App for Doctors to Track Patients

woman with cell laptop tablet

AirStrip OB, an application approved by the Food and Drug Administration and recently adopted by HealthONE hospitals, securely transmits critical patient data in real time from the hospital nurses and monitoring systems to doctors’ cell phones. Vital information – such as fetal heart-rate, Mom’s blood pressure, strength of contractions and amount of dilation – is at the physicians’ fingertips whether they’re in a meeting, at a hospital across town or with their family at home.

Ask the doctor's who use this breakthrough technology, and they might say the maker of AirStrip OB missed the mark when naming his invention. Rest Assured. Peace of Mind. OB Composed. That’s what the mobile phone application is all about. 

“With a patient in early labor, I’ve been able to look and see that she has arrived, and I can get a very quick impression of how good the baby’s heart rate pattern looks.”

Since babies don’t follow nine-to-five hours when making their debuts, patients are often laboring during physicians’ downtime. However, doctors aren’t the only ones who appreciate the technology. Labor and delivery nurses play a major role in monitoring moms and babies. With AirStrip OB, if they have a concern, they can call and have the doctor assess a situation almost instantly. “I have some nurses who are saying: I can’t wait until Dr. So-and-So gets AirStrip,” says Terri Bethel, a nurse with the Medical Center of Aurora, where an increasing number of doctors are signing up for the technology.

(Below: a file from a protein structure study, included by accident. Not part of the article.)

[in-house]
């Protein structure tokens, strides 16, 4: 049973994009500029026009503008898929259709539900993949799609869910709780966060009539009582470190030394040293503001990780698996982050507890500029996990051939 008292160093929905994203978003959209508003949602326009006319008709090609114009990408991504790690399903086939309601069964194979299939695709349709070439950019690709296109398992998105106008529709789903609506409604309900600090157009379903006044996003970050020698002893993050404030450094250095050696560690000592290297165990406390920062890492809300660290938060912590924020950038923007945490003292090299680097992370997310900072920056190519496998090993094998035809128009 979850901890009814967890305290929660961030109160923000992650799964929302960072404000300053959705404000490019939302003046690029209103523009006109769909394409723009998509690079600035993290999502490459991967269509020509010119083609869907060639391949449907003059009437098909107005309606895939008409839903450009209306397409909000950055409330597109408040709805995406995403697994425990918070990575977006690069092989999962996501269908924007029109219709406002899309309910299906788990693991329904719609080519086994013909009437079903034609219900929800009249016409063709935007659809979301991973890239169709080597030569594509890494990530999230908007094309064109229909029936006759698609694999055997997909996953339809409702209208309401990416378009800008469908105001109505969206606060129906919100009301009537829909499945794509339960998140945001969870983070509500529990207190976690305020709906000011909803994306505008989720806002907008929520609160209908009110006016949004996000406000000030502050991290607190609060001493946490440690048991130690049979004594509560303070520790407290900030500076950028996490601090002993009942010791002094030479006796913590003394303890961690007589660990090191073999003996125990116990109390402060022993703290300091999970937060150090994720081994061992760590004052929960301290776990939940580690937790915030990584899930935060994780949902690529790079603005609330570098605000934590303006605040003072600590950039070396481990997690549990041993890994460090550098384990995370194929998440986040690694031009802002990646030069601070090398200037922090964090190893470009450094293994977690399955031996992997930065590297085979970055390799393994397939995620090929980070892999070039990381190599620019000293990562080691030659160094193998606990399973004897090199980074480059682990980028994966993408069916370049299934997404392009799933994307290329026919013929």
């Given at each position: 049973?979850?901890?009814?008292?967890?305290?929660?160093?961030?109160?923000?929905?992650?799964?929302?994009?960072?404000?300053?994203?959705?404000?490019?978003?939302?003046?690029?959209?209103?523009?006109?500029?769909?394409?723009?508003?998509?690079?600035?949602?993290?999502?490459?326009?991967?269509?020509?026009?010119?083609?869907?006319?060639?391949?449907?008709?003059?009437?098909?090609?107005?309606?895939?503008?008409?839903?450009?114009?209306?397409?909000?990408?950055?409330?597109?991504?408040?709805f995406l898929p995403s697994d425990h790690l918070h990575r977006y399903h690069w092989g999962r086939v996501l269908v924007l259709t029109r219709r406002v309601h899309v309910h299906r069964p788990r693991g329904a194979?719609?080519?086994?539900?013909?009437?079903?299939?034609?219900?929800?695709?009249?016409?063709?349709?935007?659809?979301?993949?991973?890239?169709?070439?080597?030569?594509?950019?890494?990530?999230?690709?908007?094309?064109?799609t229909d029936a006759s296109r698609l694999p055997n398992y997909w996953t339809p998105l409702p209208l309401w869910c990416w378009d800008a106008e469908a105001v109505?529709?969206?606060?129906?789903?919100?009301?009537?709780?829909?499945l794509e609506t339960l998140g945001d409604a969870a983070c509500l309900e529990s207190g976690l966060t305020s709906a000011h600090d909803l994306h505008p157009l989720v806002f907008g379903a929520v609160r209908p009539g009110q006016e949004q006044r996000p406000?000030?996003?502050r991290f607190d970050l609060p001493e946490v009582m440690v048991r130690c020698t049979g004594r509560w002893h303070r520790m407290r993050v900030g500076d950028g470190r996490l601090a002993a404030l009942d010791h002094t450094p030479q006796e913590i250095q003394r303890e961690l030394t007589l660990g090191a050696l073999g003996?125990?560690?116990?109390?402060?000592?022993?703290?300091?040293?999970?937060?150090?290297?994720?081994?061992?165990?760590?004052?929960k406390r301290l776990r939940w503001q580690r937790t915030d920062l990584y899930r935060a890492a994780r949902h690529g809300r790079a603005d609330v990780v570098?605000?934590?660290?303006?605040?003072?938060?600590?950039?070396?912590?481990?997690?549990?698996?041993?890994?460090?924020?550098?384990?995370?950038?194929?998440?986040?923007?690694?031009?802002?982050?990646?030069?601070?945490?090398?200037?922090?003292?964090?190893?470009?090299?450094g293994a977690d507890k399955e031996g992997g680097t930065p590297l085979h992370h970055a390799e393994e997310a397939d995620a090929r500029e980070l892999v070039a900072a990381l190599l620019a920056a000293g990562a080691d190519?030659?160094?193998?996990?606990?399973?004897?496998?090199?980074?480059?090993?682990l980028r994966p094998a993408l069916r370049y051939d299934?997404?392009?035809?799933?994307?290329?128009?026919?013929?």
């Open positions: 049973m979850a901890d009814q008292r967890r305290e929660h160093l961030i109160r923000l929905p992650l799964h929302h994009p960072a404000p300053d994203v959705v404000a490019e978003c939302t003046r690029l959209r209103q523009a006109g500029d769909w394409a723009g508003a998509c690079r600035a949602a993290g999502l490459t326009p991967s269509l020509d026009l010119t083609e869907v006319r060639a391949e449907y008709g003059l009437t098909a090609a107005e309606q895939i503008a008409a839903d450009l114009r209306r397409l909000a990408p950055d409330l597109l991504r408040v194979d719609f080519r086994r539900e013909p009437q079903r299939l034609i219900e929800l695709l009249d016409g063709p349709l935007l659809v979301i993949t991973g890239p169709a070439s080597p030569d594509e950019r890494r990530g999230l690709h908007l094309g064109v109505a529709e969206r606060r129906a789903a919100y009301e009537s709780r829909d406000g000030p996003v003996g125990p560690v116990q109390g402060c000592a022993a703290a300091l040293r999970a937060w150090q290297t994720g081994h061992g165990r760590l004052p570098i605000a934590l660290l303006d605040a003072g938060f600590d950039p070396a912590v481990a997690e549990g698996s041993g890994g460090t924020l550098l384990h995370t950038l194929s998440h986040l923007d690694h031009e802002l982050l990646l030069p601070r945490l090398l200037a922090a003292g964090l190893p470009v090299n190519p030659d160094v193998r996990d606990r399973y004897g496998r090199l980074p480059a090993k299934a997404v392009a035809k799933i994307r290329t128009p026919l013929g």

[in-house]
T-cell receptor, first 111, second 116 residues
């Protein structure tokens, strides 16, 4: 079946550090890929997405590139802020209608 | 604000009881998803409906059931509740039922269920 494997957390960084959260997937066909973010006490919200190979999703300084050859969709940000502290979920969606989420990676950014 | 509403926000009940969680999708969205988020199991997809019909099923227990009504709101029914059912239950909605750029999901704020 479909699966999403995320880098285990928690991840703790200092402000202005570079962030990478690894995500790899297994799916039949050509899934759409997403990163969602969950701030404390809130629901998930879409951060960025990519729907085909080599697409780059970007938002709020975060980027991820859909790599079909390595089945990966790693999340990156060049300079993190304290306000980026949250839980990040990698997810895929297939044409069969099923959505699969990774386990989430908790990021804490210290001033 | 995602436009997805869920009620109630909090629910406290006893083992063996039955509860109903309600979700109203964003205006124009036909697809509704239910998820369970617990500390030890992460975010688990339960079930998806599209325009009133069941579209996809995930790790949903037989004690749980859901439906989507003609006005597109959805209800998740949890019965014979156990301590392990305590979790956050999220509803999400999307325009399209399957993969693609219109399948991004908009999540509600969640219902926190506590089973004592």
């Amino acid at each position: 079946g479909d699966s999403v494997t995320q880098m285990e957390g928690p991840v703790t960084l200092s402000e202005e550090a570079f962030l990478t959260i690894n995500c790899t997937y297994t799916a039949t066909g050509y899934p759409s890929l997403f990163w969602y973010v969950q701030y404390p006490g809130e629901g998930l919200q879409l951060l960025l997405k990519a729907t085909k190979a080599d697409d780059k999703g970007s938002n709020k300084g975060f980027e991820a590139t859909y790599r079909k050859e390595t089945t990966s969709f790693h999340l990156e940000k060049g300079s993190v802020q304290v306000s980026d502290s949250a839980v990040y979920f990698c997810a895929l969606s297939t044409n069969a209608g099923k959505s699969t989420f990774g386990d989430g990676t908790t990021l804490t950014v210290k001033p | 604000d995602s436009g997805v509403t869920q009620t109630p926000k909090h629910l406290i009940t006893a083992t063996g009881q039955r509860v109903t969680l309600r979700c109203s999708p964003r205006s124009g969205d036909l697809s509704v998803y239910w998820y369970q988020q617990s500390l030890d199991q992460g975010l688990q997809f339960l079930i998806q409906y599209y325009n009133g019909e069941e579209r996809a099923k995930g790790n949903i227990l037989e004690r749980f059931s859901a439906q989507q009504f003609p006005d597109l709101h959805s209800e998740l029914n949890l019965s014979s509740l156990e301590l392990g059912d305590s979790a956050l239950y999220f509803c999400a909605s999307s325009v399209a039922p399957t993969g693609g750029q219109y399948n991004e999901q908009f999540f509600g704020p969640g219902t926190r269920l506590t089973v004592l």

The application was invented by an obstetrician largely to speed communication between doctors and nurses for better patient outcomes. “Before, if we had a problem we would have to call the doctors, and they would have to come in, and it would take time, time we didn’t always have,” Bethel says.

Sometimes nurses are headed for the phone and find they don’t even need to call. “We had one case where a baby’s heart rate suddenly dropped, and the doctor was calling in at the same time we were calling out, saying: ‘Open the OR (operating room). I’m on my way.’ We had that baby out within seven minutes of the deceleration, and that baby is doing really well,” Bethel says, adding that in an emergency, there is always a doctor on call in the hospital. “But it’s nice to have their own physician in there.”

Bethel, who worked nights for a long time, says the technology is particularly great for her off-hour colleagues. “During the days, there are lots of doctors around, but at night, a lot of them are at home sleeping. I think it really helps out the night nurses, who can just call and say, ‘Look at your phone.’”

In an age in which doctors are highly challenged and increasingly mobile, AirStrip OB helps fill a gap, Bethel says. “They have more going on – we have a sicker patient population today (obesity, diabetes, heart disease). And doctors are stretched between different hospitals and offices.”

Patients also like the security of AirStrip OB, Bethel says. “I was in a room one time, and a physician called in to me and told me the patient’s Pitocin level needed to be increased,” Bethel says. “The patient said, ‘How did she know that?’ And a lot of our patients have the idea that their doctor is going to be there the entire time. They come in and say, ‘Where’s my doctor?’ By knowing that their obstetricians are seeing all of this information on their phones, I think they feel safer.”